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"A lot has changed in the three years since A.M. Stations' last EP, 'Sign of Times,' was released. That EP hinted at a much heavier side of the band and much of what was introduced on that release has come to the forefront on 'Nonsense.' Gone are the lighthearted, jangly guitars and playful vocal melodies found throughout their debut, 'Tacoma,' traded in for vocals reminiscent of early aughts post-hardcore and screamo, thick distorted bass lines, and noisy guitar riffs that fill the high end. That's not to say they've completely reinvented themselves: the melodies, driving guitars, and rhythm section have a strong connection to the band's past and despite the heavier direction, the songs are as catchy as ever.
Album opener "Even the Sunbeams" eases the listener into the band's heavier sound, building as the track plays out, with Wesley Nowlin's spoken word-esque vocals turning to fierce screams midway. The album's lead single, "Things That Just Happen," is probably the catchiest track among the set and the closest connector to the band's earlier sound. "Attic Money" has a '90s post-punk nostalgia driven by sludgy bass lines and a hooky-as-hell chorus that eventually devolves into a full on noise freak-out. "Milk Sibling" is the closest thing to a ballad we'll see from Stations, driven by a beautiful bass line and a haunting melody that build into a heavier chorus and breakdown.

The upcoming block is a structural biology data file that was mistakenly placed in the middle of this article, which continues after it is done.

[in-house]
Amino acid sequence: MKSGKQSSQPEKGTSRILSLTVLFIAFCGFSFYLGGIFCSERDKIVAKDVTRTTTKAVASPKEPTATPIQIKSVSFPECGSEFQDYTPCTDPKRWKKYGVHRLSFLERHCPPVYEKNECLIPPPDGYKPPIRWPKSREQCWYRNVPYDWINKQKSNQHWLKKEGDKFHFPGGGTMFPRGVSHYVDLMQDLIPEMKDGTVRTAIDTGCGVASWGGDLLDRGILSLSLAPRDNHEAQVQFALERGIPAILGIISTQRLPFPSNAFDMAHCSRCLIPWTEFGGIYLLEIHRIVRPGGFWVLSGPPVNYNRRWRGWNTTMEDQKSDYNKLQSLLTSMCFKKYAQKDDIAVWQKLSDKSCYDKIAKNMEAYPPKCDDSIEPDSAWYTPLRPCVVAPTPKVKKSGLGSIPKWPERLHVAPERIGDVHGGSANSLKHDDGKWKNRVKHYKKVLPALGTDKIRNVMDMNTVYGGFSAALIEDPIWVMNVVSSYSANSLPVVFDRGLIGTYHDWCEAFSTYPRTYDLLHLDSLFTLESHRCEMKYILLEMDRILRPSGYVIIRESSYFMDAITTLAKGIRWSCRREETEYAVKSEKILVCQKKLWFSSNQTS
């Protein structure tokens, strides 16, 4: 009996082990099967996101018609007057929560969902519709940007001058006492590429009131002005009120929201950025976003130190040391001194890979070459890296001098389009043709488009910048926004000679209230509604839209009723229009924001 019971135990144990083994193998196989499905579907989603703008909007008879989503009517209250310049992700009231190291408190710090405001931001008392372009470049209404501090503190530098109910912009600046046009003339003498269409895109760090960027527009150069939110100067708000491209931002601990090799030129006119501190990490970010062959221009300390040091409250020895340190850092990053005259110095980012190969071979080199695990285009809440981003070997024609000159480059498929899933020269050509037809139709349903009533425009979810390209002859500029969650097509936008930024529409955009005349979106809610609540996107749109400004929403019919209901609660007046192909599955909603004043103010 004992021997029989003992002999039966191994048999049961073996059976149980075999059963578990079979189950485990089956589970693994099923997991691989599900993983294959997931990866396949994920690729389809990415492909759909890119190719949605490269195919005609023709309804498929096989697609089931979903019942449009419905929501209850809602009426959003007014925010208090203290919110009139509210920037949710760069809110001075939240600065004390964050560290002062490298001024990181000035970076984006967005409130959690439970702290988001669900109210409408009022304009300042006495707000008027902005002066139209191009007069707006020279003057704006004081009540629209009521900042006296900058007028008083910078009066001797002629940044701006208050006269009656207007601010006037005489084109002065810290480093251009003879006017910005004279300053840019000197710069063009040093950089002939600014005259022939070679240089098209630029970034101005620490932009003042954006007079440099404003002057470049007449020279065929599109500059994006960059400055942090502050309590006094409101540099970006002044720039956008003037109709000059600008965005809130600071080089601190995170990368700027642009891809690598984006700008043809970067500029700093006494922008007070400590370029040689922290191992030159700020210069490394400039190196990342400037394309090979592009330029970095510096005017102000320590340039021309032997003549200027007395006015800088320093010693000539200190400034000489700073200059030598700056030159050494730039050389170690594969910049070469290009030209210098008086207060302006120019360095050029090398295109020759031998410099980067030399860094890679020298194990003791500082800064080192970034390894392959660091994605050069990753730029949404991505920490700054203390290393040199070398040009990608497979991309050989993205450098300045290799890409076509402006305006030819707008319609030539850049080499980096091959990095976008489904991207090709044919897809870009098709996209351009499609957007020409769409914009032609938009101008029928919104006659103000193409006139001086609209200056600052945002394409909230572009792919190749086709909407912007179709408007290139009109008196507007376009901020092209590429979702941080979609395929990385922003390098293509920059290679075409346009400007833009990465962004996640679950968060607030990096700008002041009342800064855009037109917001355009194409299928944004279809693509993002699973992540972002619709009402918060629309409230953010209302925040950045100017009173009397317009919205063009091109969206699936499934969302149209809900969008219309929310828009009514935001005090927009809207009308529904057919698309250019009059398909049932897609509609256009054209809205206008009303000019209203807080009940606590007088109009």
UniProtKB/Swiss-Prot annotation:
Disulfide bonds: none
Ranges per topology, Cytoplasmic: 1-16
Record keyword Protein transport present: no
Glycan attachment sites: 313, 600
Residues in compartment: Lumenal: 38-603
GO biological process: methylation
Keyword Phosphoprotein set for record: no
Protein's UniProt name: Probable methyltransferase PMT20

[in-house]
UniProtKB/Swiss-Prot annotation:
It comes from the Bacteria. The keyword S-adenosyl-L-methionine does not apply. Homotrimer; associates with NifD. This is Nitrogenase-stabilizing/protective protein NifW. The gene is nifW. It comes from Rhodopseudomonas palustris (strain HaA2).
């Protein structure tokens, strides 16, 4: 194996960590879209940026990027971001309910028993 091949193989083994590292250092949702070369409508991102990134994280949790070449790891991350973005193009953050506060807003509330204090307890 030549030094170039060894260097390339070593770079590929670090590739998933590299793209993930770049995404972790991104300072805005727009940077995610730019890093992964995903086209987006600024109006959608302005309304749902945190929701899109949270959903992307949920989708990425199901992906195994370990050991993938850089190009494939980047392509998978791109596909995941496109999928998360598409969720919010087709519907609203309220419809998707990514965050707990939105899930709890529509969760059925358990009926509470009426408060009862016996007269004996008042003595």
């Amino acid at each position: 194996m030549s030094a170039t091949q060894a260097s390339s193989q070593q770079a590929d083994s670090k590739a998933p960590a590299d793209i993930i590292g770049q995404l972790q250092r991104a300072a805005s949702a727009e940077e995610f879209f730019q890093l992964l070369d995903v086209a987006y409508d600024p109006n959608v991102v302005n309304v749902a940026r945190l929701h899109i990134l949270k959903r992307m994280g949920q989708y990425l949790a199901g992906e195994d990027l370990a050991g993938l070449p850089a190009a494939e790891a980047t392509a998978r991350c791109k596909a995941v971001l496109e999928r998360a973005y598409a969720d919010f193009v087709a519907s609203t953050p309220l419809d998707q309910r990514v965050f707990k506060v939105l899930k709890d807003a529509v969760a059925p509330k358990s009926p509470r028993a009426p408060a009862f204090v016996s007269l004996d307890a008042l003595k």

"Charred Wings" slows things down, albeit momentarily, with a sound reminiscent of early aughts screamo à la Funeral Diner or Saetia. "Twinflower" is a moody, sprawling track that flows into "Sperlunk", a quick and pummeling punk number. "Wolves" has possibly the catchiest opening verse on the album and delivers more of that classic post-punk nostalgia that is found throughout 'Nonsense.' The track is a six-minute slowcore epic that perfectly bookends the album.
I'm biased as hell because I love all three members of A.M. Stations (and used to be in the band), but 'Nonsense' definitely has "album of the year" potential. The three years they've spent crafting these songs have paid off; they've created an album that far surpasses their previous efforts. If you're a fan of noise rock, post-punk, or just looking for something infectious and rockin', you'll love every moment of this album."
Bloor is one of those bands you comb through your album library for a reference point, it is many things, and to cite one would do a disservice once the next song begins. Free is a given, a repetition establishes a pattern, the pattern indicates a direction, a left is taken, somehow you are back at the point of departure. One could suggest a seatbelt. Mighttheone